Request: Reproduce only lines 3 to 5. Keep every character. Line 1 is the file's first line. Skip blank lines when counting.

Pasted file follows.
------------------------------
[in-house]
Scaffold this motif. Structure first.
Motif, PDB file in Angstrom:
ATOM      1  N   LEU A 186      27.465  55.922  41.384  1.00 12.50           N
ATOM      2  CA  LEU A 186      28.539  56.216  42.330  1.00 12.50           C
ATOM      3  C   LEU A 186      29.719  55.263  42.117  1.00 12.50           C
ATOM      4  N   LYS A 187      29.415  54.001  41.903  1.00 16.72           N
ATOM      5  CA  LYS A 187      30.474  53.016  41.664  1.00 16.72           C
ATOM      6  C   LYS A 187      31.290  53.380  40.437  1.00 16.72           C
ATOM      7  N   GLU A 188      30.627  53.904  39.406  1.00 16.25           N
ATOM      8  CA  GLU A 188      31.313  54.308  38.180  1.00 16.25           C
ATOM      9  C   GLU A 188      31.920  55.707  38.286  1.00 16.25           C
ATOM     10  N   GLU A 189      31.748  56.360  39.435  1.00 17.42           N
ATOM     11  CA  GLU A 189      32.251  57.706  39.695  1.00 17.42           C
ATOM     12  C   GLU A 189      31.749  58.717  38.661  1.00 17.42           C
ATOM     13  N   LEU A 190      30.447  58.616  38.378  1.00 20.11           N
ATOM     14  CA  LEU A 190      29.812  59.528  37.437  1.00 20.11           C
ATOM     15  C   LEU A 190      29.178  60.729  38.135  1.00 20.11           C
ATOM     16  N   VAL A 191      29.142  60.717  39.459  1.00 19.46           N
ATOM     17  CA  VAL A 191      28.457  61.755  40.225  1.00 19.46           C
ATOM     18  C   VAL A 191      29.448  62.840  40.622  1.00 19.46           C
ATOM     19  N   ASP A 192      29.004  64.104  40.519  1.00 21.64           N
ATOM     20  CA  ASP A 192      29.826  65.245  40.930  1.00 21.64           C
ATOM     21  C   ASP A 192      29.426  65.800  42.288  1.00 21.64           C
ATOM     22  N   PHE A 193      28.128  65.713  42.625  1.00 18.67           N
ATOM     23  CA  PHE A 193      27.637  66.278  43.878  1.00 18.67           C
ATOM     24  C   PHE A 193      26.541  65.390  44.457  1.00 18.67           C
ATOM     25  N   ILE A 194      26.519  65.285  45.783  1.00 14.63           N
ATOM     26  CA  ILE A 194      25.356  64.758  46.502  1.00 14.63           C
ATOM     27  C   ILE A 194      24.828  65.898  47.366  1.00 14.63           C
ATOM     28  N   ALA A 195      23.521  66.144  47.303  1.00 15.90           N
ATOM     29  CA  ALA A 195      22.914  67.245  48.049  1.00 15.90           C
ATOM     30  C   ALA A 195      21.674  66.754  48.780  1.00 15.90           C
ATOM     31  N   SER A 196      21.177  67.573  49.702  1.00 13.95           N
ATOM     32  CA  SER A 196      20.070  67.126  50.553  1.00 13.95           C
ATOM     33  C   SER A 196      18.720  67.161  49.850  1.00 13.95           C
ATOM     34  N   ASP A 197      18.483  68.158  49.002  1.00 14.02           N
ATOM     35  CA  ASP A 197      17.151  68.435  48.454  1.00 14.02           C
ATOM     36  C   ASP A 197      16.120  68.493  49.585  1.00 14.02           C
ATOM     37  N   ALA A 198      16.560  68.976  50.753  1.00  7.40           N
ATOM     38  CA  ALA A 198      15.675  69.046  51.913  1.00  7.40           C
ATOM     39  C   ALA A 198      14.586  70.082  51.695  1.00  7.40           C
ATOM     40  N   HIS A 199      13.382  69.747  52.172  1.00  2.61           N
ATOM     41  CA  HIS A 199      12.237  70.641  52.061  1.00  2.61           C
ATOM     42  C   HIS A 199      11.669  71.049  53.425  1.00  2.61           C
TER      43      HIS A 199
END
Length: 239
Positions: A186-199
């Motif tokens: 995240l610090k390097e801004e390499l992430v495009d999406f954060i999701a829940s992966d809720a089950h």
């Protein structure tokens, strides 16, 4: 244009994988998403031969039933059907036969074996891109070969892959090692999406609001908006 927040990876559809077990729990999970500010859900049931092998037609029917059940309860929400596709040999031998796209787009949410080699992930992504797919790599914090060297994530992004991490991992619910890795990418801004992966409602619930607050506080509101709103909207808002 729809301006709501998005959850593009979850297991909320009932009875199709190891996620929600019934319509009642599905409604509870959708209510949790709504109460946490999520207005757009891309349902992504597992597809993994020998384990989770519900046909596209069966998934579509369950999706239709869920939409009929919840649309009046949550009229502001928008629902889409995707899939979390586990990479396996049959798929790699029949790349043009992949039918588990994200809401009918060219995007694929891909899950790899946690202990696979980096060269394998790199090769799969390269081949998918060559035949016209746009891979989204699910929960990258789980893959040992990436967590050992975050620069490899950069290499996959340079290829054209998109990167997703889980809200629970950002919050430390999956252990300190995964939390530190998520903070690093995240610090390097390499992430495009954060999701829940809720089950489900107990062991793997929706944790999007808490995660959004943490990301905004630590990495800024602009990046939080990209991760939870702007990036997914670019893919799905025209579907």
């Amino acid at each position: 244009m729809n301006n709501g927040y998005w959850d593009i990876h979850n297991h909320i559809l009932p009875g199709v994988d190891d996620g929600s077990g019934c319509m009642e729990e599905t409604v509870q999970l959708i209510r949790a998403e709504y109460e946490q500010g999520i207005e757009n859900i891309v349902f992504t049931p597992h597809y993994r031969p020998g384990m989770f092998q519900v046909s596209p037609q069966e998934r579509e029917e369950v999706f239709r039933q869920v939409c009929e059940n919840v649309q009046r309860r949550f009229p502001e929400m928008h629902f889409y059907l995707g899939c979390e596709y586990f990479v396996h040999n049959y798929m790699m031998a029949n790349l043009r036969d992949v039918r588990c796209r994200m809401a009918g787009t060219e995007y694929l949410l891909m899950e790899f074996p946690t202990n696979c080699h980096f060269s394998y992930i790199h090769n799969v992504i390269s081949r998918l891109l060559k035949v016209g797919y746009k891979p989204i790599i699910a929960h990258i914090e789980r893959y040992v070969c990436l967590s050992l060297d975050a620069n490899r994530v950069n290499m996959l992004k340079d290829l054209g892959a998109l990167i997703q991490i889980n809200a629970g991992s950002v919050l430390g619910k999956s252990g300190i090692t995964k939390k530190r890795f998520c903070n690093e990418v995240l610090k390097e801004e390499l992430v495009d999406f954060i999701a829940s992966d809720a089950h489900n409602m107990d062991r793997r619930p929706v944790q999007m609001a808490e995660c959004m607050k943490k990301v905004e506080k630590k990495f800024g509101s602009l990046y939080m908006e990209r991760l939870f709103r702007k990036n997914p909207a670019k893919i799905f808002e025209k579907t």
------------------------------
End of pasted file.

Motif, PDB file in Angstrom:
ATOM      1  N   LEU A 186      27.465  55.922  41.384  1.00 12.50           N
ATOM      2  CA  LEU A 186      28.539  56.216  42.330  1.00 12.50           C